Civil liability of directors of a company

Information about Rights & Duties

Civil liability of directors of a company

Duties of the management of limited liability companies (Gesellschaft mit beschränkter Haftung - GmbH)

If you are a managing director of a GmbH, you must conduct the companys affairs with the diligence of a prudent businessperson. You have a duty, for example, to actively promote the object of the company based on the requirements of shareholders and to avert damage to the GmbH. Should you act in breach of your duties, you will be liable for damages.

In other words, you will be personally liable. A prerequisite for this is a breach of duty, damage (any detriment to the companys assets) and any contributory fault on your part as a managing director. You are also obligated to demonstrate that you are not responsible for the damage.

Your duties as a managing director giving rise to liability risks can be categorised as follows:

Duties in the start-up phase:

  • business registration
  • correct information on the companys headed paper
  • registering employees with health insurance providers
  • setting up an accounting department
  • liability for false information in the commercial register entry

Liability risks arising from running the GmbH:

  • regulations as to form and notice when convening the shareholders meeting
  • liability in the event of prohibited competitive activity (prohibition of competition)
  • liability arising from concluding a contract which has brought the company no measurable benefits of any kind, but significant expense
  • entering into excessively risky credit transactions
  • allowing the time-barring and waiving collectible claims
  • conducting transactions contrary to the object of the company
  • liability for unlawful repayment of capital contributions

Liability risks in a crisis:

  • liability for late filing for insolvency
  • liability because the shareholders meeting was not informed of a 50% loss of share capital
  • liability for payment after the companys insolvency has occurred or over-indebtedness has been established
  • liability in the case of an entrepreneurial company (limited liability) if the shareholders meeting is not convened in the event of imminent insolvency
  • liability if payments have been made to the company which would inevitably lead to insolvency

Liability of the management vis-à-vis the GmbH

If you are in breach of one or more of the legally prescribed duties listed below, you can be held liable internally by the GmbH and even incur criminal liability.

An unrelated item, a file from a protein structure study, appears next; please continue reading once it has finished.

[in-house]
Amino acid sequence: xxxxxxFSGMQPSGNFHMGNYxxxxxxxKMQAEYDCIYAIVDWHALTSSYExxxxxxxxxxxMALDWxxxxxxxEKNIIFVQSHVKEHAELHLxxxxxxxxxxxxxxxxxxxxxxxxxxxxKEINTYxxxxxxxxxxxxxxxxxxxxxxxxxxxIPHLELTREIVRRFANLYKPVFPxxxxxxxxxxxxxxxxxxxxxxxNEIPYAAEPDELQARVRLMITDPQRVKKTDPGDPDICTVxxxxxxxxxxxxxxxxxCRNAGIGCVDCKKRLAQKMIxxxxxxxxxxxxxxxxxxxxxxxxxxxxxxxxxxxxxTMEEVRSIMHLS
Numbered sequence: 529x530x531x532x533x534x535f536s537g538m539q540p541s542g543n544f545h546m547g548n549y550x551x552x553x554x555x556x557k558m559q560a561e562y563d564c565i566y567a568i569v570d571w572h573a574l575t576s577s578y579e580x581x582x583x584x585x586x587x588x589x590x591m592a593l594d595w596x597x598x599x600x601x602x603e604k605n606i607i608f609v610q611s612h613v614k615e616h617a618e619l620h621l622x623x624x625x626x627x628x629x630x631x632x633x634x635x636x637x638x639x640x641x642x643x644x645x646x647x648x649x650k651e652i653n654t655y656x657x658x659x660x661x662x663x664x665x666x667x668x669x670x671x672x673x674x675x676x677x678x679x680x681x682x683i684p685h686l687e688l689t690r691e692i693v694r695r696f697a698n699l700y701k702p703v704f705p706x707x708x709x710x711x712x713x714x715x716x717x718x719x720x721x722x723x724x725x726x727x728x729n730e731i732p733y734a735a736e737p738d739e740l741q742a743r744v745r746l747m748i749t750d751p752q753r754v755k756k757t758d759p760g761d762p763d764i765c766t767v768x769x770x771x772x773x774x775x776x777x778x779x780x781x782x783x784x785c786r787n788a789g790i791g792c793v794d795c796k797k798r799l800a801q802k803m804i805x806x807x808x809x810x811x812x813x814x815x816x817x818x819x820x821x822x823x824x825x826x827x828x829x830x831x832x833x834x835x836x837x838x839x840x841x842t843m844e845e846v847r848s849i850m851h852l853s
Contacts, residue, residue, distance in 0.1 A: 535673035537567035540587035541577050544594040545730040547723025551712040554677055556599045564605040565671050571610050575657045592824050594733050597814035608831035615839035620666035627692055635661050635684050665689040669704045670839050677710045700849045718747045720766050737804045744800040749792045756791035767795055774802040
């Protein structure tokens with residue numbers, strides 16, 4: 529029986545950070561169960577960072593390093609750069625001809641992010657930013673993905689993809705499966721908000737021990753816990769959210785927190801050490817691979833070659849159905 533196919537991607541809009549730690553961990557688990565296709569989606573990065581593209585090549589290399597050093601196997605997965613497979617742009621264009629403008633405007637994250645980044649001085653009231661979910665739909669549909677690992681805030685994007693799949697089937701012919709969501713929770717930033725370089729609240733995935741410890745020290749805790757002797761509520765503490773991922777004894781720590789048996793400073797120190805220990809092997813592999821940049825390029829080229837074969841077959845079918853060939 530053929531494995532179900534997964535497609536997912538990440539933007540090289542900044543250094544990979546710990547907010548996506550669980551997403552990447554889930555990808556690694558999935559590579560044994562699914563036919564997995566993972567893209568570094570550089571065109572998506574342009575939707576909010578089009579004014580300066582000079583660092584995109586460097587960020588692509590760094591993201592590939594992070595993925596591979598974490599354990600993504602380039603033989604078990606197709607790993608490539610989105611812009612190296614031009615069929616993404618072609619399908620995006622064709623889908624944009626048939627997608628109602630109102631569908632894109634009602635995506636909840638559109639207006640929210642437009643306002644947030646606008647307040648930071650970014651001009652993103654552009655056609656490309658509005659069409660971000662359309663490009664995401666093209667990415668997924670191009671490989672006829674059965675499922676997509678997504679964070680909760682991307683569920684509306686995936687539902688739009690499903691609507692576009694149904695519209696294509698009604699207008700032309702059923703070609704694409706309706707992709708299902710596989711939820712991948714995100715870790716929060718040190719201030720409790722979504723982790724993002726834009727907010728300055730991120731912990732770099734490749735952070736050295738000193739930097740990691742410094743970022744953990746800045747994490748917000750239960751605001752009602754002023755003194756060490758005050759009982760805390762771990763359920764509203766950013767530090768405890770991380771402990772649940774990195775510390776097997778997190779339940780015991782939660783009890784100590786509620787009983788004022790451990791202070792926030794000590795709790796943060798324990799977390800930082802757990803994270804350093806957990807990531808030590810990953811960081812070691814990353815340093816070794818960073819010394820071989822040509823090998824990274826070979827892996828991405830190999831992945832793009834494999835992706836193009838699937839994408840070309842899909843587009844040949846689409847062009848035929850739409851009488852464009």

In order to avoid liability and thus an obligation to pay damages, it is important that you are familiar with the duties and the bases for liability arising therefrom.

Civil liability

  • duty to conduct all the companys affairs with the diligence of a prudent businessperson and the liability arising therefrom
  • duty to convene a shareholders meeting in the event of loss of half the share capital
  • liability for false information in connection with the formation of the company
  • duty to register the list of shareholders with the commercial register and corresponding liability
  • duty to preserve the capital contributions and liability for unlawful repayment of capital contributions
  • duty to keep proper accounts
  • duty to present a management report and the duty to submit the annual financial statements for publication to the operator of the electronic Federal Gazette
  • duty to act within the powers of representation in the event of restrictions on the managing directors power of representation by the articles of association or by decision of the company
  • Duty to file an insolvency petition; In the event of the companys over-indebtedness or insolvency, you, as managing director, and the managing directors or representative bodies of other companies, in so far as they are responsible for the management of the company, or, in the absence of management, the shareholders themselves, must file a petition for the opening of insolvency proceedings. The petition must be filed within 3 weeks. Pursuant to the provision in the Insolvency Code, this obligation applies not only to German company forms but also, for example, to foreign companies.
  • Liability for payment after the companys insolvency has occurred or over-indebtedness has been established. If the management acts contrary to the duty to file an insolvency petition, it will be liable to the company for damages in respect of the payments made after that date. The same applies when payments have been made to shareholders and these payments have contributed to the insolvency of the company.